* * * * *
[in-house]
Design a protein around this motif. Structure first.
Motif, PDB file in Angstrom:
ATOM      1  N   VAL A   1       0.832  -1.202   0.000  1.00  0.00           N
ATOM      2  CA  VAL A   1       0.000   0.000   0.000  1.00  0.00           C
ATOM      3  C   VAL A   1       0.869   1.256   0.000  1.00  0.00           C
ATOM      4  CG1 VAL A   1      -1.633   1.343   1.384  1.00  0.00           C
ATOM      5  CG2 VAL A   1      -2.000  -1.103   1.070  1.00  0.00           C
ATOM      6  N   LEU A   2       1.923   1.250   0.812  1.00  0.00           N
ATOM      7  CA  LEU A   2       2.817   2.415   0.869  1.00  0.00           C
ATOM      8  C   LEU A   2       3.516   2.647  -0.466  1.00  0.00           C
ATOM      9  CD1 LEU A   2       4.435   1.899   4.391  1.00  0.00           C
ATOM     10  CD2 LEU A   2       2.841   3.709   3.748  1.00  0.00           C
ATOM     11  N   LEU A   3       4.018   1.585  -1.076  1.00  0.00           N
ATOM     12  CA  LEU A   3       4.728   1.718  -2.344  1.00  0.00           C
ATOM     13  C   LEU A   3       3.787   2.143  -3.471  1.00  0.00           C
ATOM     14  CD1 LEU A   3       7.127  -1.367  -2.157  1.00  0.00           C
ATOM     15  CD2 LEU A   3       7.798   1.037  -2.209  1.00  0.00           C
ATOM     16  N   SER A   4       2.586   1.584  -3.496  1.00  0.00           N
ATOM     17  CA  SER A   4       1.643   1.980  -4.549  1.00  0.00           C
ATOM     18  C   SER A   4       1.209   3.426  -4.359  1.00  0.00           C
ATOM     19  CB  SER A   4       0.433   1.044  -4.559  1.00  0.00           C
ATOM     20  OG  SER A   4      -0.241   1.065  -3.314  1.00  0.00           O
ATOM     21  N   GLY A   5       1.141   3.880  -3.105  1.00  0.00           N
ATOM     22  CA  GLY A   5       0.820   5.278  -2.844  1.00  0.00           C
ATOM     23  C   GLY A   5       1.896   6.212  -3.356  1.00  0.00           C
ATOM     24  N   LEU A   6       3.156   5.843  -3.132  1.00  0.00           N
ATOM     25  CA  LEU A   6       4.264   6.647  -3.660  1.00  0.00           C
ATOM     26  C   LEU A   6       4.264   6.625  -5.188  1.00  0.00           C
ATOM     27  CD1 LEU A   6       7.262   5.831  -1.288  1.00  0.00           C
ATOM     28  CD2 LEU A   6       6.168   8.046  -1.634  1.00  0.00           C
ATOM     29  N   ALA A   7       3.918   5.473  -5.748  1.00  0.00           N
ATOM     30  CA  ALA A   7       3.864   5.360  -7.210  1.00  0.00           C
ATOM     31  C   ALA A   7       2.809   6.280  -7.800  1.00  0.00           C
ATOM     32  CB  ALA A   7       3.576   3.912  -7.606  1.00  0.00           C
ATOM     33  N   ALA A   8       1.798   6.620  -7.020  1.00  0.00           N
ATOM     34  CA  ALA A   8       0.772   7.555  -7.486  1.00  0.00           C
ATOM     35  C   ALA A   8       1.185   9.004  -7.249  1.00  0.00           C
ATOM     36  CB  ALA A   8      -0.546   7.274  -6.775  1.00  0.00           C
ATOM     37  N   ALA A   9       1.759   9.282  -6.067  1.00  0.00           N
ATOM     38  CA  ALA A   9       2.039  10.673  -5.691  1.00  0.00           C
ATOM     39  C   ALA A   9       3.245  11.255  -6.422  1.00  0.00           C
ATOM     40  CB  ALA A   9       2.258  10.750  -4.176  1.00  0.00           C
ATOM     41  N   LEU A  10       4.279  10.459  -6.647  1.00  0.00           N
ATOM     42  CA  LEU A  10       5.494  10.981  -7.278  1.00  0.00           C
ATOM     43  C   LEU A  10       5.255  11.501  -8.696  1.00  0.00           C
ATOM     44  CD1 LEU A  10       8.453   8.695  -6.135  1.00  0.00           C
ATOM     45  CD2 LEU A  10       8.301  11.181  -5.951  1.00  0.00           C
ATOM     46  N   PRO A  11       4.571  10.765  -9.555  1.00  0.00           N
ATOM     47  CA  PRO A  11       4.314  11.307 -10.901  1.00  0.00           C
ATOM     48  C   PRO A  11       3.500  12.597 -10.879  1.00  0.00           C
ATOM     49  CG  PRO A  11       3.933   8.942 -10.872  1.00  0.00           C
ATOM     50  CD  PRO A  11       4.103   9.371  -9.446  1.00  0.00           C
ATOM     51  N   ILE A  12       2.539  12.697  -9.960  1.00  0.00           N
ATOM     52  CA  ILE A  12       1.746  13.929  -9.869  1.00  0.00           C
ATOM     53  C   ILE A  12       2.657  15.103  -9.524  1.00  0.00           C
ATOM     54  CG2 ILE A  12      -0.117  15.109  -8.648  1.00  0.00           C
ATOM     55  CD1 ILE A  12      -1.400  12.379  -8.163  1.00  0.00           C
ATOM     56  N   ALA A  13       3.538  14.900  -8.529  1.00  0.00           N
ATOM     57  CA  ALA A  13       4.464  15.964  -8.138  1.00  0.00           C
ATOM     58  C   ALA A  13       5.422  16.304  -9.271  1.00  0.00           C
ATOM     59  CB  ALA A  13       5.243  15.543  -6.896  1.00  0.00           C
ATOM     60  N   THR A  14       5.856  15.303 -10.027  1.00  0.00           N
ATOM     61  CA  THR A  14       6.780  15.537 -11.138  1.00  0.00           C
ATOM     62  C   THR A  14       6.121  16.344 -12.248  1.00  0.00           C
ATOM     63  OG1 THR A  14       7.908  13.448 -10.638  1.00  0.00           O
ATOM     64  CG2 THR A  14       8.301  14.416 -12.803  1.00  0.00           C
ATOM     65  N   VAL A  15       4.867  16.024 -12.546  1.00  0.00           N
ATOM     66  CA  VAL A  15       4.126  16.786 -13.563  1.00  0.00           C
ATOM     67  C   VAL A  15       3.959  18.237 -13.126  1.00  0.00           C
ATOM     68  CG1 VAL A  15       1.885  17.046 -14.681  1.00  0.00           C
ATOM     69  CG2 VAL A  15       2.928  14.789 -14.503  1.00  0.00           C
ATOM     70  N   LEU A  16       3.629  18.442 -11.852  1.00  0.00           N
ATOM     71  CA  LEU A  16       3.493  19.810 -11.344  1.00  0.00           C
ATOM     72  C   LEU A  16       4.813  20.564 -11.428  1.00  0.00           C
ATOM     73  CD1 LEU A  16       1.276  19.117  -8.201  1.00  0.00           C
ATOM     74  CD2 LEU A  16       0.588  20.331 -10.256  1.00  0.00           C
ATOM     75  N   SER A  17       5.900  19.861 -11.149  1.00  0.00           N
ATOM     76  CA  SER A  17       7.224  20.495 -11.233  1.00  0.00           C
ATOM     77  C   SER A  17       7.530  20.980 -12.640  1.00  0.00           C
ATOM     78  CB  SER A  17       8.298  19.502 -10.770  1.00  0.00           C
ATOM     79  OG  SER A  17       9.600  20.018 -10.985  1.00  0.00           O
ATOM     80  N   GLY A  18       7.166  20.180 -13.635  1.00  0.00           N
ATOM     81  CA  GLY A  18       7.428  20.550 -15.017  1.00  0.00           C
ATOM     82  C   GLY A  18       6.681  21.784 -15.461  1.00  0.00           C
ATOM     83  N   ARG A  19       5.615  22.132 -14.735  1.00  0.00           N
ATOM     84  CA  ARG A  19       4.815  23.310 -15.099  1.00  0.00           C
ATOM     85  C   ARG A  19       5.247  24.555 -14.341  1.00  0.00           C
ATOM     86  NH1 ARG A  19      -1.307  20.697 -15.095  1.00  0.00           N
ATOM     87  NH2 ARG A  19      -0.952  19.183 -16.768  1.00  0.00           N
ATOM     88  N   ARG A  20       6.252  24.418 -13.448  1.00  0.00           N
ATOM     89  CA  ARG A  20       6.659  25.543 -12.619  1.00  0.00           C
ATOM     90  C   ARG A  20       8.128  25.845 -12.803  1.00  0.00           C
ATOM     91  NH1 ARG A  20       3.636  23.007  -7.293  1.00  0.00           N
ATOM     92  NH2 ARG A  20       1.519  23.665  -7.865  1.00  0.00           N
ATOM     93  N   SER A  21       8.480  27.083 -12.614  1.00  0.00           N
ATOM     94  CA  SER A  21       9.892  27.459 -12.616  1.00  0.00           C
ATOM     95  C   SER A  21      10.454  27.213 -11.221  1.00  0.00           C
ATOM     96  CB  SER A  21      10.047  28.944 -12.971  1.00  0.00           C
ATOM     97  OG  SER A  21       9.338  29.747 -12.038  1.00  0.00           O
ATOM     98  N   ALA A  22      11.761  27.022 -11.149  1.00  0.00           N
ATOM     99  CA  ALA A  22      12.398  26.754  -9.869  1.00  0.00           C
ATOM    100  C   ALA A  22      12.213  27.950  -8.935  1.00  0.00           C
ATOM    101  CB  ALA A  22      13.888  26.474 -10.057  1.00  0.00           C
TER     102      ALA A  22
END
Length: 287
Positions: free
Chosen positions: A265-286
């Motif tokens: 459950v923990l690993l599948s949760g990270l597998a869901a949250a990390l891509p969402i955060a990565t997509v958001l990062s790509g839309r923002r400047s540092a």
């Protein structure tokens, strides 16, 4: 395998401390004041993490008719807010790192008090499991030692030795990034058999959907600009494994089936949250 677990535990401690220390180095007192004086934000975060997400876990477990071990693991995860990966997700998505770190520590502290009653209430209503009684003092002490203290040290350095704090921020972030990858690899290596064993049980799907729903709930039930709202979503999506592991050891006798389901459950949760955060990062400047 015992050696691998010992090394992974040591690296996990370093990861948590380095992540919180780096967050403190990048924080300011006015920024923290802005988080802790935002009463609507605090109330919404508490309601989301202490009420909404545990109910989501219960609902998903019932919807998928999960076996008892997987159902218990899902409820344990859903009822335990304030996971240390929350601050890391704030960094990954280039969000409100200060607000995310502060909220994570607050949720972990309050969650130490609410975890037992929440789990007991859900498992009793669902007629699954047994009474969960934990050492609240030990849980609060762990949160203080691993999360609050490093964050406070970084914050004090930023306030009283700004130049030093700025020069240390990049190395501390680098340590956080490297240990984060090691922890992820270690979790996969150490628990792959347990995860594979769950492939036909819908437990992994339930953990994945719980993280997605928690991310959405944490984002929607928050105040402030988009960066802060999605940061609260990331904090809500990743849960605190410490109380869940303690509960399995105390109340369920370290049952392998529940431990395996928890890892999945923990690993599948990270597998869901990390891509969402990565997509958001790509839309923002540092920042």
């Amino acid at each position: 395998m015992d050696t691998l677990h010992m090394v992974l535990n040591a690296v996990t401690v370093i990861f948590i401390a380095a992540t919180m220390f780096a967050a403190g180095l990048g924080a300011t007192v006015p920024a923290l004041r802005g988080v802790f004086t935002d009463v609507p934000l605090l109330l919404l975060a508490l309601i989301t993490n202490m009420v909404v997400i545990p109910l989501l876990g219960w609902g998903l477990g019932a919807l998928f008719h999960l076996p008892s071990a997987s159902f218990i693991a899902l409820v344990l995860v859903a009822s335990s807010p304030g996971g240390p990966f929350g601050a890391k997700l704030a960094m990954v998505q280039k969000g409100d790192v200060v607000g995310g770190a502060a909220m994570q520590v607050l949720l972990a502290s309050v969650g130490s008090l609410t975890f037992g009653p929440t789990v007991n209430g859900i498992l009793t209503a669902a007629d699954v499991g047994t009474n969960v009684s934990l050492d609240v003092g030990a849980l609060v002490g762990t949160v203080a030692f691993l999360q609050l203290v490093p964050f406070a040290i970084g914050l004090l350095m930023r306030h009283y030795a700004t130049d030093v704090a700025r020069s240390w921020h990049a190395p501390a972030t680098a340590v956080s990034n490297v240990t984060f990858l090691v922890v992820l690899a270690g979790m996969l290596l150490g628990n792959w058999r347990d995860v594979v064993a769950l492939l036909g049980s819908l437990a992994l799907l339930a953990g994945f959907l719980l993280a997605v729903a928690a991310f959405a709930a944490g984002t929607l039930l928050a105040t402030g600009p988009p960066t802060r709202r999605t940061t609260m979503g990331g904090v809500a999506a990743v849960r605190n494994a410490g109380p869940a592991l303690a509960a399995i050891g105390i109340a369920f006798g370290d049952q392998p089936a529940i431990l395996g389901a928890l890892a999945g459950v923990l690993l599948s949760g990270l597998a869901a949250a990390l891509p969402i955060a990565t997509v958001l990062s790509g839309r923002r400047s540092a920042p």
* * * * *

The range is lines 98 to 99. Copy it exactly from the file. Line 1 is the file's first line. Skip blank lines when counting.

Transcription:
ATOM     95  C   SER A  21      10.454  27.213 -11.221  1.00  0.00           C
ATOM     96  CB  SER A  21      10.047  28.944 -12.971  1.00  0.00           C